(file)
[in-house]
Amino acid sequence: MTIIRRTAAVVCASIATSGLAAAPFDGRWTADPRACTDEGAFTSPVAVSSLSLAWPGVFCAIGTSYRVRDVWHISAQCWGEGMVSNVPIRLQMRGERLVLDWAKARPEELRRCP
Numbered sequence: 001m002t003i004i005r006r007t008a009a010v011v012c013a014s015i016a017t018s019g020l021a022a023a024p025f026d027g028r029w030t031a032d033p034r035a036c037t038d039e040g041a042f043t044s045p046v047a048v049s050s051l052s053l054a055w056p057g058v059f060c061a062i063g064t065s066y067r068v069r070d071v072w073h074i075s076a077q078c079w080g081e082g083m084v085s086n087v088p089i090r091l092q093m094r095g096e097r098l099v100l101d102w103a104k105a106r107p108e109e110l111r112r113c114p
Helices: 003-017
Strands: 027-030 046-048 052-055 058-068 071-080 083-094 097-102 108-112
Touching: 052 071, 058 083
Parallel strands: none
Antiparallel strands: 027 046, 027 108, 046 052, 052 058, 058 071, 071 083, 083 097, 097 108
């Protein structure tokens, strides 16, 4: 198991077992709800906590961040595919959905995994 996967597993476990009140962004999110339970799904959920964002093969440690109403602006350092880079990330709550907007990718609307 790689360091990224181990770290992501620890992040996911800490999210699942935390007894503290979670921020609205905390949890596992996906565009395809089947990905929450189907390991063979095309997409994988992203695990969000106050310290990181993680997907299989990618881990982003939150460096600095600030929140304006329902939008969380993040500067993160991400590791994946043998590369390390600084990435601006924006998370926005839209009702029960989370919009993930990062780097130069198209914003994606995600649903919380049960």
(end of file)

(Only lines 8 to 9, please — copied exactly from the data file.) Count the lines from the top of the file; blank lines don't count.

Antiparallel strands: 027 046, 027 108, 046 052, 052 058, 058 071, 071 083, 083 097, 097 108
């Protein structure tokens, strides 16, 4: 198991077992709800906590961040595919959905995994 996967597993476990009140962004999110339970799904959920964002093969440690109403602006350092880079990330709550907007990718609307 790689360091990224181990770290992501620890992040996911800490999210699942935390007894503290979670921020609205905390949890596992996906565009395809089947990905929450189907390991063979095309997409994988992203695990969000106050310290990181993680997907299989990618881990982003939150460096600095600030929140304006329902939008969380993040500067993160991400590791994946043998590369390390600084990435601006924006998370926005839209009702029960989370919009993930990062780097130069198209914003994606995600649903919380049960």